Much has been said of conviction and confession as necessary, and some would naturally ask, "If these things are done in seeking holiness, do you not attach at least some merit to their performance" In reply let us quote the words of Wesley:

Though it be allowed, that both this repentance and its fruits are necessary to full salvation; yet they are not necessary either in the same sense with faith, or in the same degree: not in the same degree; — for these fruits are necessary conditionally, if there be time and opportunity for them; otherwise a man may be sanctified without them. But he cannot be sanctified without faith. Likewise, let a man have ever so much of this repentance, or ever so many good works, yet all this does not at all avail: he is not sanctified till he believes: but the moment he believes, with or without those fruits, yea, with more or less of this repentance, he is sanctified. Not in the same sense; — for this repentance and these fruits are only remotely necessary, necessary in order to the continuance of faith, as well as the increase of it; whereas faith is immediately and directly necessary to sanctification. It remains, that faith is the only condition. which is immediately and proximately necessary to sanctification.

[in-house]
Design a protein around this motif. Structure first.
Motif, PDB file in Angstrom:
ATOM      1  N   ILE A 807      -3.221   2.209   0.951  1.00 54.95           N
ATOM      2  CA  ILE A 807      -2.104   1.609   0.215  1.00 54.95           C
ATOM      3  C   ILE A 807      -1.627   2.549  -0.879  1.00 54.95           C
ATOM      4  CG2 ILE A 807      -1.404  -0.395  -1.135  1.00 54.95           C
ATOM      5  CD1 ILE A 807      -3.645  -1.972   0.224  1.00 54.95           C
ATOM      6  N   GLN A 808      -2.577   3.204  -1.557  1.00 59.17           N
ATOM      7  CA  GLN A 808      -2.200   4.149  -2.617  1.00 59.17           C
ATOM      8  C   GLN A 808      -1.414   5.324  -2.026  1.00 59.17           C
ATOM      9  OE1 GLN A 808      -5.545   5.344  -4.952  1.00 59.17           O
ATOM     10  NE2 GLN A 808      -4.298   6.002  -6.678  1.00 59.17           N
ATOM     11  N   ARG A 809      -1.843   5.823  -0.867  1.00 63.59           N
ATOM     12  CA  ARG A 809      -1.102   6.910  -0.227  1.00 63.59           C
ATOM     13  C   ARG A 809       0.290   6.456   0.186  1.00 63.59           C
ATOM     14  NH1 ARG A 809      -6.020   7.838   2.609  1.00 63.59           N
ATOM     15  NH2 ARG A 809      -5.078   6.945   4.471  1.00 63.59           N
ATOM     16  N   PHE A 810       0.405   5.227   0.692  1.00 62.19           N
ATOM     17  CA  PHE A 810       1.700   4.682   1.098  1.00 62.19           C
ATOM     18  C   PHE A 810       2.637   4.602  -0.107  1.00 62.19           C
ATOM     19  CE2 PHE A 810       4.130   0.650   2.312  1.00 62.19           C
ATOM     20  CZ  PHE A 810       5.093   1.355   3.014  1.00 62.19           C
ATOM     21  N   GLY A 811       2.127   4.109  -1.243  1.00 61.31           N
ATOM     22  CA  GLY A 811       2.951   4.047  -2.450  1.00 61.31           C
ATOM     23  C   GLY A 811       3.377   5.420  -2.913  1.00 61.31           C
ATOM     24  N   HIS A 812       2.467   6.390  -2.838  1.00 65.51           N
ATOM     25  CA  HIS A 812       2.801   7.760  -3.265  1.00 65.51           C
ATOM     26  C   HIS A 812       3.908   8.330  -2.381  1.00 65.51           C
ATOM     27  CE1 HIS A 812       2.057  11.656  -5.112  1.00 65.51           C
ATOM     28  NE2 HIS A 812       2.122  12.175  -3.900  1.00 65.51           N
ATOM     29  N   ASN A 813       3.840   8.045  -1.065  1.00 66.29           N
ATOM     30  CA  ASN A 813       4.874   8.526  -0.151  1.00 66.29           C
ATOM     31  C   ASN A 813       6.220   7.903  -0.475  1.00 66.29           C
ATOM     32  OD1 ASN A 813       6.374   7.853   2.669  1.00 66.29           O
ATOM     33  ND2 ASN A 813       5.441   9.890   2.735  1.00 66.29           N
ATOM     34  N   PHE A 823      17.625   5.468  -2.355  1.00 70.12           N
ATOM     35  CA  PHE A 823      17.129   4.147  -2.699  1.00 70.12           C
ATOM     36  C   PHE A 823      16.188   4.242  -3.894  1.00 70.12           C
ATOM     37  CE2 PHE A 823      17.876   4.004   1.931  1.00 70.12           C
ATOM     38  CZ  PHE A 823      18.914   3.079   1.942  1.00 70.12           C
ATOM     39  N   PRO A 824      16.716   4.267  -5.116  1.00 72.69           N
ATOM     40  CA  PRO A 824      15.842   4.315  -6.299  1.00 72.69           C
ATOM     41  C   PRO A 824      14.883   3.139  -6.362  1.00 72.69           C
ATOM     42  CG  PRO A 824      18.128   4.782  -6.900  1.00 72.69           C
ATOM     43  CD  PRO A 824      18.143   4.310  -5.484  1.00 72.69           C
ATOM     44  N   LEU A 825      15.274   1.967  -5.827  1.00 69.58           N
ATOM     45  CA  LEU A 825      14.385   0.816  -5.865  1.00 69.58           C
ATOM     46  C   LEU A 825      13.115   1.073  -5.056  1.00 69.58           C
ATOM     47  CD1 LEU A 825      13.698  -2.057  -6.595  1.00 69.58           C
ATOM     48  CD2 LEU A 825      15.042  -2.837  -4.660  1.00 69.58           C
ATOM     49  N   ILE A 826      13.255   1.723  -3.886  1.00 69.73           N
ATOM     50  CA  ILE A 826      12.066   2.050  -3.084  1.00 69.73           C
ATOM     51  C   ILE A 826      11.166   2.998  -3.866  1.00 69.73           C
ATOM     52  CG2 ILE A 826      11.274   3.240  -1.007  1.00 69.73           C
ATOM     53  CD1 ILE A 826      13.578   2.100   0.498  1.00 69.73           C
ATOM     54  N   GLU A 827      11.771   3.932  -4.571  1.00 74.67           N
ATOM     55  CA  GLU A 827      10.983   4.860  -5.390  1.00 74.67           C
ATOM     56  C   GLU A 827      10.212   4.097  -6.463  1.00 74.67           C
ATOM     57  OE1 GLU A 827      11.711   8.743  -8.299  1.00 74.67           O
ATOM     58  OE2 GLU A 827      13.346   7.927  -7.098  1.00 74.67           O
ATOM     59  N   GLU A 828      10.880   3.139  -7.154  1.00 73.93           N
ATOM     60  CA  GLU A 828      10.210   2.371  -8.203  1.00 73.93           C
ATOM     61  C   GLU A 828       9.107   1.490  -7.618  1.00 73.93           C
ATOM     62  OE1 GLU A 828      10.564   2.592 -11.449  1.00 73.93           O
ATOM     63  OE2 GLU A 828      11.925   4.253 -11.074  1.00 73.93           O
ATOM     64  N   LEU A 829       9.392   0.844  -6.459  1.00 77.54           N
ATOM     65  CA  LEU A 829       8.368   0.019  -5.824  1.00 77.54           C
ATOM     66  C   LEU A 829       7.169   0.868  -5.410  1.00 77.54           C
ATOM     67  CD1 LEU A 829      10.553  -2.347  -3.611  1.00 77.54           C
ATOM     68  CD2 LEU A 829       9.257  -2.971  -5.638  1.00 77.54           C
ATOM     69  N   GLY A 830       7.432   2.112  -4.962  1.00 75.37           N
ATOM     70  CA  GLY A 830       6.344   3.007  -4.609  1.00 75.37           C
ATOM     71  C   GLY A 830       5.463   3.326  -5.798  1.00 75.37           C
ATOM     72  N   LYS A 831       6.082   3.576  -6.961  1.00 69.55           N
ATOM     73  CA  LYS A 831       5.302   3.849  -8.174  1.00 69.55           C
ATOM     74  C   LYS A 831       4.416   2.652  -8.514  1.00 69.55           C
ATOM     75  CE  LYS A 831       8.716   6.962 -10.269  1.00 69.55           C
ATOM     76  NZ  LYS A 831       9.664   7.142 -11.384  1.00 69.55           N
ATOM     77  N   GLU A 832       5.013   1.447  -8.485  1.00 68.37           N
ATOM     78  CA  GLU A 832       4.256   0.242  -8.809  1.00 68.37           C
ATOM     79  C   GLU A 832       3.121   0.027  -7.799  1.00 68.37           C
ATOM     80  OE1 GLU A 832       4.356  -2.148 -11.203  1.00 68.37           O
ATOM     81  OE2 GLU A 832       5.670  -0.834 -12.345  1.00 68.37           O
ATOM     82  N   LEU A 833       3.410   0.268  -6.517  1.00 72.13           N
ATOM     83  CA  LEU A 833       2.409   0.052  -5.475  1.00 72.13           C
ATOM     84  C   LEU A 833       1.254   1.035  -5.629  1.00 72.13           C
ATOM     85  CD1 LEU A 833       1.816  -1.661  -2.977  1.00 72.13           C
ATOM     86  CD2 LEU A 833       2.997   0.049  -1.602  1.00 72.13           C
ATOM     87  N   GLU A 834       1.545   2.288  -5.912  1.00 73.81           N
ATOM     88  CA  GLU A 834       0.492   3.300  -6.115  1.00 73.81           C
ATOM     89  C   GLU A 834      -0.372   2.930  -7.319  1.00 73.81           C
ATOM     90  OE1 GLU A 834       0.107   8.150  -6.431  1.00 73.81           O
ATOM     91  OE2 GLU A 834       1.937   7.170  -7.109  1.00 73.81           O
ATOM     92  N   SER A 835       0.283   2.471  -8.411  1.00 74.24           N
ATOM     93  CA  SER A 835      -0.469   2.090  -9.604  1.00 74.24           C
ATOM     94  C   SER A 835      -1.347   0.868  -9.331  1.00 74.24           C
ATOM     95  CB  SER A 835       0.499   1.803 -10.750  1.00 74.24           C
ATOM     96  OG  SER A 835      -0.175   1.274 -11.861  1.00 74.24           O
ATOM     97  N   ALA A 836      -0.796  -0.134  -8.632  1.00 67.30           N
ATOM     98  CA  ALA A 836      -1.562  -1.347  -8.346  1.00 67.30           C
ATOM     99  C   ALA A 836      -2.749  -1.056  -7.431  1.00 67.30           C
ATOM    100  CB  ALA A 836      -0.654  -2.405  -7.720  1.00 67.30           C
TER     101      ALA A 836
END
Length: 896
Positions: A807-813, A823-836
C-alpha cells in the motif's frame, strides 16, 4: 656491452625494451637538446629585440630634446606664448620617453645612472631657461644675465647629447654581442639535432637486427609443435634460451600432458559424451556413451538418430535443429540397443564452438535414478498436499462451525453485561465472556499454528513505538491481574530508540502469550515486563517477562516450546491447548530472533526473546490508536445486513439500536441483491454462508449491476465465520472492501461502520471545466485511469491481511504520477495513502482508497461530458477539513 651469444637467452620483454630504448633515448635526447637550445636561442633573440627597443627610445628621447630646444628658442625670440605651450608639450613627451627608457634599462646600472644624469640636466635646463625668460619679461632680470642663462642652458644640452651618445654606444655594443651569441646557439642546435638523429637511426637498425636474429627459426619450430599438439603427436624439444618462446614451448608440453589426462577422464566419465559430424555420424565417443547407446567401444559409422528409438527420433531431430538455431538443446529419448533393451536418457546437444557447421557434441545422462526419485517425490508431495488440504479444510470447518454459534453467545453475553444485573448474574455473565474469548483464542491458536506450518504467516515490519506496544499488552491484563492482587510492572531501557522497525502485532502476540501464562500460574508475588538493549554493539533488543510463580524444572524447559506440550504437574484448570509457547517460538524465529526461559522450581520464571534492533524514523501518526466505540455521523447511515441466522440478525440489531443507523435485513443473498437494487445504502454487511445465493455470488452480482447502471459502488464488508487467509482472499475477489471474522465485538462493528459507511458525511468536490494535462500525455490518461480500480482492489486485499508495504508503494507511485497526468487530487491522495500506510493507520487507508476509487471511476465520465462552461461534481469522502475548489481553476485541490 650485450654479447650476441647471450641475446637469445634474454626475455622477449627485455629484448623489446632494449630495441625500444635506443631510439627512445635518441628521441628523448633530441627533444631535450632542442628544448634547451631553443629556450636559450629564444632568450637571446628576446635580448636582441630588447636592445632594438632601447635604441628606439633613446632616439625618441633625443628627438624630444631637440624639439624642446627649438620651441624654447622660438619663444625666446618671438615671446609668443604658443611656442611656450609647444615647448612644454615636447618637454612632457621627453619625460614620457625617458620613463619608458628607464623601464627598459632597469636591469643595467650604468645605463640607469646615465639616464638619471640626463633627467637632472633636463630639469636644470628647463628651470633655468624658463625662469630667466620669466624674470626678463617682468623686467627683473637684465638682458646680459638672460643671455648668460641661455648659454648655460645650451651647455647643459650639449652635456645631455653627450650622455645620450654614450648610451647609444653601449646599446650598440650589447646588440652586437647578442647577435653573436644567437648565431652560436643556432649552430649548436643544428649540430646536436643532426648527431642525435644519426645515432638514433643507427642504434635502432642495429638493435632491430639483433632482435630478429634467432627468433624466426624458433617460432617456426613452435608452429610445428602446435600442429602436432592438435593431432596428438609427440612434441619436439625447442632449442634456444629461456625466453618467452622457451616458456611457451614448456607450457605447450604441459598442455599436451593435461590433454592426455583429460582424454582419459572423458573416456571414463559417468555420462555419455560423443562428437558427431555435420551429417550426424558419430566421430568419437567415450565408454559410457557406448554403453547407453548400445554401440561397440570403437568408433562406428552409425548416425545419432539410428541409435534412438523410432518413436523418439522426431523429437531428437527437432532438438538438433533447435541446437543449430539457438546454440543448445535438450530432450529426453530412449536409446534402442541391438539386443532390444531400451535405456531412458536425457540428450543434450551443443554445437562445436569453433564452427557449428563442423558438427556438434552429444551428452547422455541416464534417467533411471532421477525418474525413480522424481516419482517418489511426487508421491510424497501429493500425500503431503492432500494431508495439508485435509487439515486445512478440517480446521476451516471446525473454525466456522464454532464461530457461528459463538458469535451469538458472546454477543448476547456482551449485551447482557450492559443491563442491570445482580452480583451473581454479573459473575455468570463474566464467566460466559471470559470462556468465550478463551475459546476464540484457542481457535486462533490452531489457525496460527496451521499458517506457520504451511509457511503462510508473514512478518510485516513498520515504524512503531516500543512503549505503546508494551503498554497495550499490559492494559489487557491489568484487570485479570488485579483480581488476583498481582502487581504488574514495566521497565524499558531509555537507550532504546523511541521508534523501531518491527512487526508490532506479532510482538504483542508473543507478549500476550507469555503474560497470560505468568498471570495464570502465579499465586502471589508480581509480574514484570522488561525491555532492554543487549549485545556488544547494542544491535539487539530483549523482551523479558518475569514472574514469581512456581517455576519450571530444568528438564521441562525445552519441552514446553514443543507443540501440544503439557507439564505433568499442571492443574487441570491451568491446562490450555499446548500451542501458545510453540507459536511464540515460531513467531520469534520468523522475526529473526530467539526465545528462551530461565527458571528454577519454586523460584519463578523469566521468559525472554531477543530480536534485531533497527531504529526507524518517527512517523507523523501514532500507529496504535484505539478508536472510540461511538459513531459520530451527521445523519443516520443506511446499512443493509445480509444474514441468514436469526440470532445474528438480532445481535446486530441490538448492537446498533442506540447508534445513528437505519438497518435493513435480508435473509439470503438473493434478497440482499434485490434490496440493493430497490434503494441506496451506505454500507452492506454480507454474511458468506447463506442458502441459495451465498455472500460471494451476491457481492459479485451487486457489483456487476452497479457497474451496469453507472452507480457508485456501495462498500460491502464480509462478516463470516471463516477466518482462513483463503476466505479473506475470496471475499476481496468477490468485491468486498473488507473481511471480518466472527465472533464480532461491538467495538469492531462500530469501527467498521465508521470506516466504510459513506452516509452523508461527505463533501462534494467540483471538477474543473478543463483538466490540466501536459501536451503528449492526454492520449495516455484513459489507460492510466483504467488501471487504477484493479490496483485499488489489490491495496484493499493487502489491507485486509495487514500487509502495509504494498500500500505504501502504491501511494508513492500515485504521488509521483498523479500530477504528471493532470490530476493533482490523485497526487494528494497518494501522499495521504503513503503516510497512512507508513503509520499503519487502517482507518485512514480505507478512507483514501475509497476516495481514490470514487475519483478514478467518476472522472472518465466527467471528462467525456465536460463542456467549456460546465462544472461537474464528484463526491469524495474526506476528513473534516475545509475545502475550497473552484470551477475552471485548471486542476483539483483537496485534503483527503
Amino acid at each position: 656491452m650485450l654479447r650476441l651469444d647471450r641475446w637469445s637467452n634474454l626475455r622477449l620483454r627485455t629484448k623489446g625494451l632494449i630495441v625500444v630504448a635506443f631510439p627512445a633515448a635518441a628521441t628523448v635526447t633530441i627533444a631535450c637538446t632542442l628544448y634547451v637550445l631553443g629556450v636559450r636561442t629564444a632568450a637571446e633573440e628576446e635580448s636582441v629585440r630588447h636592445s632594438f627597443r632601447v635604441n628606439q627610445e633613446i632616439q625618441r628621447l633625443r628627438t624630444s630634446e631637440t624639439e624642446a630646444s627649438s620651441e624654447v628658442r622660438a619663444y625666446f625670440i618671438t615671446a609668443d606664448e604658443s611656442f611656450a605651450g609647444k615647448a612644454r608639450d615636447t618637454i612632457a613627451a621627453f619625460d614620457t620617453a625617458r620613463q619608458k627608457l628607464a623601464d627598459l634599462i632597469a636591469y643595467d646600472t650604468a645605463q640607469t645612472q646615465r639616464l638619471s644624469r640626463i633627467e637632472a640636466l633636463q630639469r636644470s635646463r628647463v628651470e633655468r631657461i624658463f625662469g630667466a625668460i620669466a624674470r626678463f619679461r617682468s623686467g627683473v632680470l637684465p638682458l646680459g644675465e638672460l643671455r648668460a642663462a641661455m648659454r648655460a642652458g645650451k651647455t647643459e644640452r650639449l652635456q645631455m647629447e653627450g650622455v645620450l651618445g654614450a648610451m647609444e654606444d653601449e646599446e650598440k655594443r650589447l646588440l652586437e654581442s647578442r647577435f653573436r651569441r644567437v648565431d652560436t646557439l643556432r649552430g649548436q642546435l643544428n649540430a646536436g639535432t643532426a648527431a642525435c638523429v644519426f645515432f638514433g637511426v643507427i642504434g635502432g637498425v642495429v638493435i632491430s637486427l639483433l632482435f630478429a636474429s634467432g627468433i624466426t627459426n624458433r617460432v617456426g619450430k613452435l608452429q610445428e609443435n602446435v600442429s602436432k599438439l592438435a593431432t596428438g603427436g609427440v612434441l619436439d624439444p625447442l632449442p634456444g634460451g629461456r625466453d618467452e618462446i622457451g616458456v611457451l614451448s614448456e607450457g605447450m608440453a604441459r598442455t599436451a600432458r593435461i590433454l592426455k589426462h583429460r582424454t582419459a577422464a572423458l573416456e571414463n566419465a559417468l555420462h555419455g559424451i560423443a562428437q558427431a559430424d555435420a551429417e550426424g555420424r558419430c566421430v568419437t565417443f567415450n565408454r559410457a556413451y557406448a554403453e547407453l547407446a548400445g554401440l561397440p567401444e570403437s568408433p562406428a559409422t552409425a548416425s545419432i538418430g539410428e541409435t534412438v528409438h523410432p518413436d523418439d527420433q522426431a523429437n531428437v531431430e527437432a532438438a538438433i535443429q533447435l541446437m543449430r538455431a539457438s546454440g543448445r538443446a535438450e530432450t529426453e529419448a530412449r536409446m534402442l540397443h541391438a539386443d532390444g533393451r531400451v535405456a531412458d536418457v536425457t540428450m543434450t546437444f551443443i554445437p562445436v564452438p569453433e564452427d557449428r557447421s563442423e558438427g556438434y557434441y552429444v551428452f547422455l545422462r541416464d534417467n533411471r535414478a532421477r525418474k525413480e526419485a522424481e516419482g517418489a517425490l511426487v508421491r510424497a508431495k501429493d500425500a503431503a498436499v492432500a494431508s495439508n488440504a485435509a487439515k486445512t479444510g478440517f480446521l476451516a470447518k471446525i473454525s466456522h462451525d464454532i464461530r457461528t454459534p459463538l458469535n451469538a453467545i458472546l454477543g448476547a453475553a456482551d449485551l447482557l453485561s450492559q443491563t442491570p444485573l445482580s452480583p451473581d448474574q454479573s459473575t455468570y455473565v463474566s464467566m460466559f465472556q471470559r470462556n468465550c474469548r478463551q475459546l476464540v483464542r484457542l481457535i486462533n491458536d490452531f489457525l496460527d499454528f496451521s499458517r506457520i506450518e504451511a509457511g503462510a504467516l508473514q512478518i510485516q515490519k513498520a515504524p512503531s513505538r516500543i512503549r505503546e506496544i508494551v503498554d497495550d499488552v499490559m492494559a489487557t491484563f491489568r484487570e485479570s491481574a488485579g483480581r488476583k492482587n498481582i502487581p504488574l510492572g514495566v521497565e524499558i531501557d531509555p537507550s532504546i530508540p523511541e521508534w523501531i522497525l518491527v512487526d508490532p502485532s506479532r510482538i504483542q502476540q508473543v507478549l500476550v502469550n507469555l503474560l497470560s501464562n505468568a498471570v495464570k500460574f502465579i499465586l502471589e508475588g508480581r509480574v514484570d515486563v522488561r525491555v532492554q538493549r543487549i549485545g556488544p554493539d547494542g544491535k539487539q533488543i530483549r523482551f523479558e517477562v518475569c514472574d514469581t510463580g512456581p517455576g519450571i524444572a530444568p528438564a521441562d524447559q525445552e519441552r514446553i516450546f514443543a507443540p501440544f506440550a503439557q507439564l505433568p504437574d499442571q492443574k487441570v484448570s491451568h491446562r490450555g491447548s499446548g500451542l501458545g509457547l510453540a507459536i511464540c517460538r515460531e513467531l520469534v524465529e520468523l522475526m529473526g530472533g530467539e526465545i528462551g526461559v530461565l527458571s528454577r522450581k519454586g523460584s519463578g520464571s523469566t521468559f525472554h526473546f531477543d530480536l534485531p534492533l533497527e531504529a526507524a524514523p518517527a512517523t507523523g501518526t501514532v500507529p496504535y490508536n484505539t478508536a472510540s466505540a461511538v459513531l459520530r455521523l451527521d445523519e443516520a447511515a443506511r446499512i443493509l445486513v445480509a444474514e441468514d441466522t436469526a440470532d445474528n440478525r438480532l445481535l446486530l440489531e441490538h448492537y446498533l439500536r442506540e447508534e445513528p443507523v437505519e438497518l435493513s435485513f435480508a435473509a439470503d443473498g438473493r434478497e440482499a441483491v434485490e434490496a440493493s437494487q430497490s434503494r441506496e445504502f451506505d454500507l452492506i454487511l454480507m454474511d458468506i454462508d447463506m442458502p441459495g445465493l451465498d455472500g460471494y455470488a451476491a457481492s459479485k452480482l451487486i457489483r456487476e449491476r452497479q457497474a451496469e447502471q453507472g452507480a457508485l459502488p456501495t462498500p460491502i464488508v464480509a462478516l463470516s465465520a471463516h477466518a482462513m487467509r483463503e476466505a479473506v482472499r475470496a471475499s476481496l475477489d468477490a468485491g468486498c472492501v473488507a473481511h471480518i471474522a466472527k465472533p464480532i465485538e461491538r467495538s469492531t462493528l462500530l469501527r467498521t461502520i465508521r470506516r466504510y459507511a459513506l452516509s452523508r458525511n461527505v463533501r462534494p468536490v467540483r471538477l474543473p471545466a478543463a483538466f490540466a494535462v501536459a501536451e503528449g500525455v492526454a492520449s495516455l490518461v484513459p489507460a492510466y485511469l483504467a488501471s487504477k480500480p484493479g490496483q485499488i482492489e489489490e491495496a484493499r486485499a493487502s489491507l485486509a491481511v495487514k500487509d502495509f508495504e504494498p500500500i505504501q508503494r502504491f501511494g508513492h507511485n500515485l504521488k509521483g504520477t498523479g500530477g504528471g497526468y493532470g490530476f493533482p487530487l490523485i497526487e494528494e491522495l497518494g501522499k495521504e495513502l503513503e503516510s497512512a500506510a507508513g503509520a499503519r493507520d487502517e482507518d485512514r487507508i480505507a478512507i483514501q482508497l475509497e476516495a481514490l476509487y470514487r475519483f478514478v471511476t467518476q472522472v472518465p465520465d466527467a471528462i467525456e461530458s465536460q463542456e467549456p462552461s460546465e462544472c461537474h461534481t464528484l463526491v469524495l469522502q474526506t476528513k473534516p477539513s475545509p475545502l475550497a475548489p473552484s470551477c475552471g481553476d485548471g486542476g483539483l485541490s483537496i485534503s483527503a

Yes, if a man will believe with more or less of these things the experience will immediately be given. But the natural heart is so constituted that it will not acknowledge its own helplessness until it is forced to it, and as faith grasps that which is beyond man's natural power, it will not be exercised till he sees his weakness; and in order that, the seeker may see this and sink at Jesus' feet, God is obliged to reveal to his inner eye his utter sinfulness, natural rebellion and hardness of heart, then when the merits of the blood are displayed before his longing vision he is ready to accept' it, for it is now his only plea.

Faith will never have anything of which to boast, for all former righteousnesses and efforts are as "filthy rags" in its sight, and the soul will instinctively recoil from every suggestion of self-glory. All his best efforts of the past are seen to be not only tainted with sin but impotent and insufficient to bring deliverance. As never before he realizes that man cannot make himself holy, and as never before he sees that "the blood is the life" of the soul.